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What is a windfall tax and how will it affect my shares?

The Government has performed a screeching U-turn on a windfall tax on oil and gas companies in a bid to ease the cost of living crisis.

Debate has raged over whether the government should introduce a on energy companies if they refuse to reinvest their bumper profits.

This afternoon the Chancellor announced plans for a temporary surcharge on oil and gas company profits at a rate of 25 per cent raising around £5billion. 

But with many considering a windfall tax had some time ago become a case of ‘when’ not ‘if’, how much of an impact will this have on share prices and dividends for the army of British small investors who hold FTSE oil and gas giants’ stocks? 

Oil majors Shell and BP reported bumper quarterly profits intensifying calls for a windfall tax to ease the cost of living crisis 

Critics have argued a windfall tax would have a significant impact on investment in renewable projects. 

In a bid to keep investment in the UK, Rishi Sunak has doubled the relief for energy companies that invest their profits here. 

And in a sign that the announcement of a windfall tax was expected and is not being seen as highly detrimental to companies, the share prices of three FTSE 100 oil and energy giants, BP, Shell and Centrica remained broadly flat today.

We look at what the windfall tax will mean for the oil and energy sectors and the knock-on effect on investments.

How will the windfall tax affect the oil majors?

The oil sector has recovered well from the pandemic. BP more than doubled its underlying profit, having made £4.9billion in the first three months of the year.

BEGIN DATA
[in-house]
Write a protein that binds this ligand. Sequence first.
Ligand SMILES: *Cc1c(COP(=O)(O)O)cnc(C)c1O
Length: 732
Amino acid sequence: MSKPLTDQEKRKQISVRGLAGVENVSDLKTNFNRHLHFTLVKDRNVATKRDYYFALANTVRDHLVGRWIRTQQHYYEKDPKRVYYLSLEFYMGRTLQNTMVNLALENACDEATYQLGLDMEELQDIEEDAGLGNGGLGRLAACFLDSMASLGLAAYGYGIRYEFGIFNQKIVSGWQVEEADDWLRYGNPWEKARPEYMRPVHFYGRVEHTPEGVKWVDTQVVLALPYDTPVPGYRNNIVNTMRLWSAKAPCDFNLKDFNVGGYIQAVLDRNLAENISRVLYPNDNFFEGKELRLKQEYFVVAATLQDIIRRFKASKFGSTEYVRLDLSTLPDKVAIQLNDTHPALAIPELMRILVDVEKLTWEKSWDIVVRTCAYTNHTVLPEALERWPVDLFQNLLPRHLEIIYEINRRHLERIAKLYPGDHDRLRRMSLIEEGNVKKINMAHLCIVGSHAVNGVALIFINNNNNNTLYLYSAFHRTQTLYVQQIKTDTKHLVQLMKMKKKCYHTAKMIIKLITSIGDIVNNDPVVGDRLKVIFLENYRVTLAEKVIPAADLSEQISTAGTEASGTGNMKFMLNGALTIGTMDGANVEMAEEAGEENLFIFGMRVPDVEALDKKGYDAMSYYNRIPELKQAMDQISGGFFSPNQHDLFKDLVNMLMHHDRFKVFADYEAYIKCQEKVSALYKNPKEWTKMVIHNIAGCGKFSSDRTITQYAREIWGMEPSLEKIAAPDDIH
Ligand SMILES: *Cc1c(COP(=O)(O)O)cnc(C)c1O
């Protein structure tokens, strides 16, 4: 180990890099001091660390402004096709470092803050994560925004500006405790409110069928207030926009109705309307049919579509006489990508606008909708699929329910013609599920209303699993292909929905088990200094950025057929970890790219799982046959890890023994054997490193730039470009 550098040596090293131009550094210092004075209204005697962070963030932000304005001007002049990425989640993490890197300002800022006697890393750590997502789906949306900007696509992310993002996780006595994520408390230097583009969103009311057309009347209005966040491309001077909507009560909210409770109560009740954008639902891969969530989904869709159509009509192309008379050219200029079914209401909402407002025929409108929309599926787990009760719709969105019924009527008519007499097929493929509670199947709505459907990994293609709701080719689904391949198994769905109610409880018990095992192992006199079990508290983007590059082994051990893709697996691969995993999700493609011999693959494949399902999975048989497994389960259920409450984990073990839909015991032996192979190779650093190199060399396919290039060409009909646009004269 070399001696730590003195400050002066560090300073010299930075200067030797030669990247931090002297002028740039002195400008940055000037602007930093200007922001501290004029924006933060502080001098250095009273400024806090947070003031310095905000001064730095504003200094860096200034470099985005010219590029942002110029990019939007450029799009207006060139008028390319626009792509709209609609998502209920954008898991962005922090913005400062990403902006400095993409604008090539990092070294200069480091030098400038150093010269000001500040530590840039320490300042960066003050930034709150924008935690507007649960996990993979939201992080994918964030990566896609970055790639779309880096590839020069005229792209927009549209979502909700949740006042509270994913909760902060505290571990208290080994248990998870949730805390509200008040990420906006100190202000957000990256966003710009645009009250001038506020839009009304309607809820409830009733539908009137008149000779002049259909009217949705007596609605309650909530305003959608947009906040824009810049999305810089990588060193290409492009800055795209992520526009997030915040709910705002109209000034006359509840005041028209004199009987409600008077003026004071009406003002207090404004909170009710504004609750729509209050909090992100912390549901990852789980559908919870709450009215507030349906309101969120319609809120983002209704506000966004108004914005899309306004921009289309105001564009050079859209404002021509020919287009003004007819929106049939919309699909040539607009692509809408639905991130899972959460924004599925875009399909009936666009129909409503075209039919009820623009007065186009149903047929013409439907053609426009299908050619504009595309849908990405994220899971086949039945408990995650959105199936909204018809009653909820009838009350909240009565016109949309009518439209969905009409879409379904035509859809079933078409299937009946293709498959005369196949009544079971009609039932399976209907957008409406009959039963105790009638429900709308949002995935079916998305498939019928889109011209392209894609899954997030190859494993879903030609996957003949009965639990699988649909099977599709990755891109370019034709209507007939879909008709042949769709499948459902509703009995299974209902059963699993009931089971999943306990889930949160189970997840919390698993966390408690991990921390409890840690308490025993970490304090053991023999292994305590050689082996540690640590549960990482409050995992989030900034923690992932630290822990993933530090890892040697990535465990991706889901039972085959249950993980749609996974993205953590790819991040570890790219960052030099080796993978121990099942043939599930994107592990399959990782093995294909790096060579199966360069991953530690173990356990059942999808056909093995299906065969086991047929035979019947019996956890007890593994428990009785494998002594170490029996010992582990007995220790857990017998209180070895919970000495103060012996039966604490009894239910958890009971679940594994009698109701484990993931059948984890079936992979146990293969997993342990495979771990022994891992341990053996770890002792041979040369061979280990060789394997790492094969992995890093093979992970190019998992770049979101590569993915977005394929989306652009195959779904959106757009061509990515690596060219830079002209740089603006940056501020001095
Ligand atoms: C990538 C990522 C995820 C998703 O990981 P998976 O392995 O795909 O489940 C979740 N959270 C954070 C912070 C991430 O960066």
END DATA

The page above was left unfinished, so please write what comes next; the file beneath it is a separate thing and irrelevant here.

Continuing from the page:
Meanwhile, Shell posted its highest ever quarterly profit of £7.3billion in the same period, despite taking a £3.1billion hit from pulling out of Russia.

Despite making investment pledges, both companies have come under pressure from proponents of the windfall tax as inflation nears double digits and the energy price cap is due to soar to £2,800 in October.

Despite the political backlash, their share prices have been resilient: BP and Shell have jumped 23 per cent and 39.3 per cent respectively since the start of the year.

And it has had a knock on effect on the wider market. The FTSE 100’s high exposure to oil means it is up 0.16 per cent this year. By comparison the S&P 500 is down a staggering 18 per cent.

‘At a time when equity markets across the globe have moved lower, the UK has been a relatively resilient performer in comparison,’ says Jason Holland, managing director of Bestinvest. 

‘That’s in part due to its high exposure to energy and also its reputation as a key market for income seekers, so there are some risks of applying too punitive a tax on energy companies who will, anyway, end up paying more tax as profits rise.’ 

The key question is whether the impact of a windfall tax will significantly affect the share prices of the oil majors.

The 25 per cent levy is significantly higher than the 10 per cent proposed by the Labour Party but the new investment allowance is likely to calm nerves. 

The allowance, which is similar to the super deduction, will incentivise companies to invest by saving them 91p for every £1 they invest. 

This nearly doubles the current tax relief available.  

The National Audit Office has said that in some years the government has paid more to these companies in tax relief than they have paid in taxes.